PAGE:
By the end of the workshops, the participants themselves had shared different suggestions and approaches to take on the matter. They acknowledged, for example, that forced marriages lead to higher chances of domestic violence, that a lack of knowledge and awareness, archaic and misinterpreted customs and traditions perpetuate violence. They agreed that girls should be given the right to decide about their future husbands and should not be forced into anything. Perhaps the biggest thing was the recognition thatt forced marriages actually go against Islam’s principles, and that the constitution of Afghanistan clearly states that both men and women have equal rights. They promised to train other women to raise awareness on this issue, and on the negative outcomes of forced marriages, such as conflicts within families and an increase in domestic violence.
The outreach statistics show the extensive reach of the project . In Kabul’s Bagrami district, FSJO reached 500 people in the first six months, including other teachers, students and parents, and a total of 3690 people were targeted in four districts within the two provinces. Miss Fatima*, a volunteer advocate in the Bagrami district, admitted she had not been too interested in working against cases of child/forced marriages, but the workshops made her change her focus. Mr. Ali*, a volunteer advocate in Parwan’s Jabul Saraj district, has been the head of a council that covers fifteen villages, and recognized the change these workshops had brought on his views of the issue. To him, this issue is now a priority. Mr. Mustafa*, a community elder and volunteer advocate of the organization, said he had been involved community members’ issues for years but never before in that of child marriage, and only now feels more aware and inspired, and will actively advocate against it. All these advocates were enthusiastic about the future of this project, and encouraged team members at FSJO to take these same workshops to remote areas of Afghanistan and spread the message as far as they could.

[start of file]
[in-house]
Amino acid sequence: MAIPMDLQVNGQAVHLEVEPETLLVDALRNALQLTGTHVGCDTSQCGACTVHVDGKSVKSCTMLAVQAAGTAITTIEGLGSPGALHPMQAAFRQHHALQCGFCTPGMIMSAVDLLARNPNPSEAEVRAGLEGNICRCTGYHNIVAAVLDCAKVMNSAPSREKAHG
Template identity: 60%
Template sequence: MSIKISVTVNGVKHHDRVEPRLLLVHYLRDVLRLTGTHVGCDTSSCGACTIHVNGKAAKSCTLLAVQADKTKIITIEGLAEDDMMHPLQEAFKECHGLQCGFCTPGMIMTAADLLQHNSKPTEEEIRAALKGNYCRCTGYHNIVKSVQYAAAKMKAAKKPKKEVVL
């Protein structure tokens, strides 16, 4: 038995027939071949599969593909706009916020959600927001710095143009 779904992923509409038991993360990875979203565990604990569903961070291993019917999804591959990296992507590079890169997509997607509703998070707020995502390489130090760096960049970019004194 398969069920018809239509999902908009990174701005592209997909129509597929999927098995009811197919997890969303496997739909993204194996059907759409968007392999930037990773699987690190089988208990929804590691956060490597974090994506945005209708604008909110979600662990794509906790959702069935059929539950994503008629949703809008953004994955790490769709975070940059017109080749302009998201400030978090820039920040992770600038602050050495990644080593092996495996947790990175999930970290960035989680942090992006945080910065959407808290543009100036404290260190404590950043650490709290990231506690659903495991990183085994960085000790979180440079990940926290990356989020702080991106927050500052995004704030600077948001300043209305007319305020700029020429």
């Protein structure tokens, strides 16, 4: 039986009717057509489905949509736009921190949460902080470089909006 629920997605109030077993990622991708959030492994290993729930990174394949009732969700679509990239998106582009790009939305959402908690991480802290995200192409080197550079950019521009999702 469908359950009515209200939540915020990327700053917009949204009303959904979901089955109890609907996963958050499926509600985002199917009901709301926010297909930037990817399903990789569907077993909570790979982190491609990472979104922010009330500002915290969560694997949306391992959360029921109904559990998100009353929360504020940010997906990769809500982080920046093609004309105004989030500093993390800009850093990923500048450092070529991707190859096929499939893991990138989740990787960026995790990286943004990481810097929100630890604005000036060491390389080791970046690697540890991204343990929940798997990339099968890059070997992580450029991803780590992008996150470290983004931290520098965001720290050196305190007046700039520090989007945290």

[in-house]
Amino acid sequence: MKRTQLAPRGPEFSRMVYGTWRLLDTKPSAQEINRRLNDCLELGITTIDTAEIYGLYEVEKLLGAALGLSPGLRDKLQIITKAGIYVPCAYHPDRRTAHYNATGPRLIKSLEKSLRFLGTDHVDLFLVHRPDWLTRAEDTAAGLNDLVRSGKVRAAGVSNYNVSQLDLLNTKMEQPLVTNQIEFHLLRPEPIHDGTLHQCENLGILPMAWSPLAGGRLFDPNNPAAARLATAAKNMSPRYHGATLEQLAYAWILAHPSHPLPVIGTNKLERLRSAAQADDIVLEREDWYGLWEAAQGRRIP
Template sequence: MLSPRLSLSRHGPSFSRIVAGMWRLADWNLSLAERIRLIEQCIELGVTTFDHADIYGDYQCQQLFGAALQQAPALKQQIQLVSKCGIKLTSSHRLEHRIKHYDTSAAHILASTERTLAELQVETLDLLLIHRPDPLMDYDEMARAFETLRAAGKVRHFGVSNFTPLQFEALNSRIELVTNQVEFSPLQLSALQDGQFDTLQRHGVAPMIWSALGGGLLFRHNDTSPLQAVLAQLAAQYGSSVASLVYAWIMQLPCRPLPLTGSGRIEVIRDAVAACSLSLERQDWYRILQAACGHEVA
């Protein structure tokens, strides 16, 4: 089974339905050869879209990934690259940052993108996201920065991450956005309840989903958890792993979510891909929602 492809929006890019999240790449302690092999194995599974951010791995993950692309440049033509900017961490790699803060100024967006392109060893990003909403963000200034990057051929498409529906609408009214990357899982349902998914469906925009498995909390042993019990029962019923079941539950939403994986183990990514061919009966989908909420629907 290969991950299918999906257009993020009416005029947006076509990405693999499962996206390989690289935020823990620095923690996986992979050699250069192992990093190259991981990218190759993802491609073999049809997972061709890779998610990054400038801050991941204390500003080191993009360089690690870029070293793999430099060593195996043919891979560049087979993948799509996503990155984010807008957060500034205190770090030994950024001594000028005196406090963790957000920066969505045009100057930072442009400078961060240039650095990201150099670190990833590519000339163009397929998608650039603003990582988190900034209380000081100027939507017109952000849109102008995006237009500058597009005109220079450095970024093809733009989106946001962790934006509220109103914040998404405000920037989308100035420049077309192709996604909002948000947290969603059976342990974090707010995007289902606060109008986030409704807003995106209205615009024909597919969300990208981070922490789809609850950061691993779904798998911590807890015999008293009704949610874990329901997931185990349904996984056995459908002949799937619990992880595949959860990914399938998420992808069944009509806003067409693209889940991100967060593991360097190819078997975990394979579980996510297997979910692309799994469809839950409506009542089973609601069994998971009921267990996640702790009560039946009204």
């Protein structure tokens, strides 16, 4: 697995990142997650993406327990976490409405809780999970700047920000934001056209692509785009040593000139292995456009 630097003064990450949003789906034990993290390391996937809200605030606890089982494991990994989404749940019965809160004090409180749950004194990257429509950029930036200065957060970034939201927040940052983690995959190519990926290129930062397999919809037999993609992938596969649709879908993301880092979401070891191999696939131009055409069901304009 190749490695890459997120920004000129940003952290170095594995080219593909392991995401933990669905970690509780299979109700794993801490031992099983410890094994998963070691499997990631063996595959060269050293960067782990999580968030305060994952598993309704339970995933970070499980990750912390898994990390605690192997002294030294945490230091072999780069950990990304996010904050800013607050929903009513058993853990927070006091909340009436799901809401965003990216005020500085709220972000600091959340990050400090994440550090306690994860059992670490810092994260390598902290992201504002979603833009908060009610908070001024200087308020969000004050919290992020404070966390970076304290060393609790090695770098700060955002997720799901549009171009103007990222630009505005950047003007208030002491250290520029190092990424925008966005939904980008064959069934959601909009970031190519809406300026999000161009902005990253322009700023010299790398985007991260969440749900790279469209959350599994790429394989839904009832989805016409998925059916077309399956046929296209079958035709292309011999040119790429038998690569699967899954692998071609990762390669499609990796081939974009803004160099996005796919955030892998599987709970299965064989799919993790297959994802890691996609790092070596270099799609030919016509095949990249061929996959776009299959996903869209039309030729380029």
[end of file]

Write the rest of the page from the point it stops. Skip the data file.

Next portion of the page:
In fact, FSJO was able to make two direct impacts when Manhal*, from Kabul, was forcefully engaged at nine years of age. She was completely unaware of what was happening to her, but with the support of the newly trained community leaders, her family agreed to postpone her engagement till she was at least sixteen. Maria*, also nine, faced a similar issue, and like Manhal, was able to break up her engagement thanks to the community leaders’ help.
The resounding success was further felt when the provincial departments of Ministry of Women Affairs requested training for their new staff on matters of child/forced marriage. The MoWA, in compliance with the Afghanistan Independent Human Rights Commission, also agreed to monitor the situation and update the FSJO on future cases of child and forced marriage.
Promising results indeed! This remarkable receptivity showed a commendable effort both on the part of PSOJ and on the community leaders they trained. It is heartening to see that the message reached not just the grassroots level, but also to those in local power; legal advocates, councilmen, and the Ministry. We hope that in a few years, the statistics will only have improved , and the status status of child/forced marriage will have dwindled. Perhaps with enough time we will be seeing female members of Afghan society fully participating in and contributing to society!
*Names changed for the sake of privacy.